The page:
Debt collection has a cost. Each year, creditors spend billions of dollars engaging collection agencies to collect delinquent debts. In an effort to mitigate these expenses, creditors have increasingly taken to modifying consumer contract language to allow for the recoupment of collection fees. However, the decision to attempt to recoup collection fees carries with it a corresponding obligation to comply with the myriad of federal, state and local laws and regulations. Collection agencies that assist their clients in developing contractual language that avoids potential legal and regulatory pitfalls will be able to add value by recovering their clients’ costs of collection while minimizing the risk of litigation and regulatory scrutiny.
At the federal level, charging collection fees is addressed by the Fair Debt Collection Practices Act in Section 808(1), which reads: “A debt collector may not use unfair or unconscionable means to collect or attempt to collect any debt. Without limiting the general application of the foregoing, the following conduct is a violation of this section: (1) the collection of any amount (including any interest, fee, charge, or expense incidental to the principal obligation) unless such amount is expressly authorized by the agreement creating the debt or permitted by law.” In its Official Staff Commentary, the Federal Trade Commission has opined a debt collector may attempt to collect a fee or charge in addition to the debt if one of the two circumstances detailed below exist.
- The charge is expressly provided for in the contract creating the debt and the charge is not prohibited by state law; OR
- The contract is silent but the charge is otherwise expressly permitted by state law.
Conversely, it is the position of the FTC that debt collectors may not collect an additional amount if either:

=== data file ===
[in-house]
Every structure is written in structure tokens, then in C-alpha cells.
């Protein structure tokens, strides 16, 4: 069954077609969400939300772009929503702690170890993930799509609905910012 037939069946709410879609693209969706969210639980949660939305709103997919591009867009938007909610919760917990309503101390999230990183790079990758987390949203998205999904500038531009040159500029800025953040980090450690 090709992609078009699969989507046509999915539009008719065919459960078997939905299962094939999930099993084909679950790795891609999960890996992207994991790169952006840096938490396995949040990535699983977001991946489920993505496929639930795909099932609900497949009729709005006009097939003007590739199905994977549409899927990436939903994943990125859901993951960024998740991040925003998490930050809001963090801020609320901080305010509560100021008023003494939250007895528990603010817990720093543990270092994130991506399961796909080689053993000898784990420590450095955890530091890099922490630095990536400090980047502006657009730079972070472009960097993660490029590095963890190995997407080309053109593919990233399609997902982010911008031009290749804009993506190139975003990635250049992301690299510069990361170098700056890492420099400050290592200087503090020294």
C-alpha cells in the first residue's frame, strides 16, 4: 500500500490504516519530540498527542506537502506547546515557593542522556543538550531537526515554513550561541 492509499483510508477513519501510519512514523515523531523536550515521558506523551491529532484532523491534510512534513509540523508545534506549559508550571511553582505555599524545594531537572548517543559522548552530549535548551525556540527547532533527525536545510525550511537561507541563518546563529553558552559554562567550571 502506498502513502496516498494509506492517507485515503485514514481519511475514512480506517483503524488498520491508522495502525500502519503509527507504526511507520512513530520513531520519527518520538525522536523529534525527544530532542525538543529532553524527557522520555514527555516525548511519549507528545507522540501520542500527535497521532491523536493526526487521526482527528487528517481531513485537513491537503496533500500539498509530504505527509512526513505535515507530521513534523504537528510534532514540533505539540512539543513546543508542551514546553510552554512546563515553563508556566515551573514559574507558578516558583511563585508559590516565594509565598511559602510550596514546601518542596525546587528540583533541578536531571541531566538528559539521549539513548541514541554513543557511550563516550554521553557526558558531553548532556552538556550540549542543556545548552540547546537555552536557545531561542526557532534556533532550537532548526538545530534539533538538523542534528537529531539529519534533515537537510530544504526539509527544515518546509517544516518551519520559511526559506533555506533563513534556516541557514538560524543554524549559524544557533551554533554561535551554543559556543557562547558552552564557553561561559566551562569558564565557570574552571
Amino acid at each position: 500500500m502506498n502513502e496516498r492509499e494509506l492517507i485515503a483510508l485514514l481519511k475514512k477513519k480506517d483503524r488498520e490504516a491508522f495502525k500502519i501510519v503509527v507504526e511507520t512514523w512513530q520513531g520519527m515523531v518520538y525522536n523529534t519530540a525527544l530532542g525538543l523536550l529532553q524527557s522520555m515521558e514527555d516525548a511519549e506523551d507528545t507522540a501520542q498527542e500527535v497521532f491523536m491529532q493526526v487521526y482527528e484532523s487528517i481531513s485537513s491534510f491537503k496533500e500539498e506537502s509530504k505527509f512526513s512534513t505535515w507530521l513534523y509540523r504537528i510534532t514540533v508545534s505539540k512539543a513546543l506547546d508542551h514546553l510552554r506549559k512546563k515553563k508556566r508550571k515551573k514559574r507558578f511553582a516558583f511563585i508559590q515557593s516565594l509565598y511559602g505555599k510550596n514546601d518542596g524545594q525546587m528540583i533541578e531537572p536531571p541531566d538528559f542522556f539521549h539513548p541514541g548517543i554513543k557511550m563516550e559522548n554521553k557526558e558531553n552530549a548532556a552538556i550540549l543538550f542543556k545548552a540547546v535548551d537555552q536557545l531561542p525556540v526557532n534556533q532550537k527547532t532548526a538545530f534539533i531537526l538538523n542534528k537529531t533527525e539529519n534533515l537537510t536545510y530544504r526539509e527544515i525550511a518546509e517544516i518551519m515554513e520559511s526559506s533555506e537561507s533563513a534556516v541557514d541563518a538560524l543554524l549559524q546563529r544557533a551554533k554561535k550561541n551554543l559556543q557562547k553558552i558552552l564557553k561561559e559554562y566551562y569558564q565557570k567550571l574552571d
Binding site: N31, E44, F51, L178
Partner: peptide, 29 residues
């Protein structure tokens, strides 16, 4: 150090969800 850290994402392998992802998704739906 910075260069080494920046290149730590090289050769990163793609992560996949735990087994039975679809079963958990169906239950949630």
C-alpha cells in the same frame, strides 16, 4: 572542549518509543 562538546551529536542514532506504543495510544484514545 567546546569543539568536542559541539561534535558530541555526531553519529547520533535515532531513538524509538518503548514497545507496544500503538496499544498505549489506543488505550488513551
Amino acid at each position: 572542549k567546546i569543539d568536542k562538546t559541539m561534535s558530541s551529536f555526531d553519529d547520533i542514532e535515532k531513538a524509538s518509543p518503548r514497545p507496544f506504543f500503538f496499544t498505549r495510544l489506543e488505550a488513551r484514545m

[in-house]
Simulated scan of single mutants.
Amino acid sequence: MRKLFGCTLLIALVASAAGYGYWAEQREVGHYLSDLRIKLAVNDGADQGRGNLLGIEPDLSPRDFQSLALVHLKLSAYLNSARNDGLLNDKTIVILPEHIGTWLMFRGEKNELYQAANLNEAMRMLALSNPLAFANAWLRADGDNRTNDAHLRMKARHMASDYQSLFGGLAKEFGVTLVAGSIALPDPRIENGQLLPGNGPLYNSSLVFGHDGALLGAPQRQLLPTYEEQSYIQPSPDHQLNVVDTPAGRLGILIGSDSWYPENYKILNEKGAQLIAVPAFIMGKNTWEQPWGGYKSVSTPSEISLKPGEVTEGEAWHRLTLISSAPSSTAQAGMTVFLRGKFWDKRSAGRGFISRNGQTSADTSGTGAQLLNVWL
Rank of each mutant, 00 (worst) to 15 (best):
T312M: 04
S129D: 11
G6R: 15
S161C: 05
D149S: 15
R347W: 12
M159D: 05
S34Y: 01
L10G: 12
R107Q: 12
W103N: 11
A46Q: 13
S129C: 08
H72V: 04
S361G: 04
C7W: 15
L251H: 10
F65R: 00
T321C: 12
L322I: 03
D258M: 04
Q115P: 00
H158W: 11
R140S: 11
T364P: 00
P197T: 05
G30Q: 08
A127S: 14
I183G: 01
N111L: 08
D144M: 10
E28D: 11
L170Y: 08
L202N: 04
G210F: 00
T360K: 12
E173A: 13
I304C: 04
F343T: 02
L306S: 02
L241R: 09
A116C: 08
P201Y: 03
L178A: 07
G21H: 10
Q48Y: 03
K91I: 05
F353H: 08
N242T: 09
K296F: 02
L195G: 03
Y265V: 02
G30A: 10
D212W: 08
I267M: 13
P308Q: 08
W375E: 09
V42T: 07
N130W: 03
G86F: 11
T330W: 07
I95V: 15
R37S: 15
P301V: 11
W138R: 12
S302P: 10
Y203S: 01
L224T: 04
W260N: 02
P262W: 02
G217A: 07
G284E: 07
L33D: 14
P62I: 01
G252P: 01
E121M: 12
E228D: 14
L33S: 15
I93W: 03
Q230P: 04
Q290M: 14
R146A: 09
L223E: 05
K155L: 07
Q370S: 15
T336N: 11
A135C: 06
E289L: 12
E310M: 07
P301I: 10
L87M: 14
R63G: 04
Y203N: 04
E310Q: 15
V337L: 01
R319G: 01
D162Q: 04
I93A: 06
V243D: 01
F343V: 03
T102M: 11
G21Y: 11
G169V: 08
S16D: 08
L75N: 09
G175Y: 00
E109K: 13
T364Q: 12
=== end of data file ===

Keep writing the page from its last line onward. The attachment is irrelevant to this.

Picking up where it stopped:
- State law expressly prohibits collection of the amount; OR
- The contract does not provide for collection of the amount and state law is silent.
To date, 41 states have passed laws addressing the permissibility of adding fees to debts. Many of these statutes permit the imposition of collection fees with various limitations. Intimate knowledge of these statutes is essential when making a determination of the permissibility of collection fees in any given jurisdiction.
It has been our experience that clients of all sizes rely heavily on the expertise of their collection agency partners in all operational and compliance matters relating to debt collection. Agencies that take the time to develop an expertise in the legal requirements and make the effort to work with their clients to identify potential contractual issues at the front-end of the collection fees process will recognize value in risk mitigation and increased client rapport. This dialogue should be made between legal departments and careful considerations should be taken to avoid ethical concerns relating to the improper practice of law.
Stay tuned for Part 2 on common pitfalls of collection fees.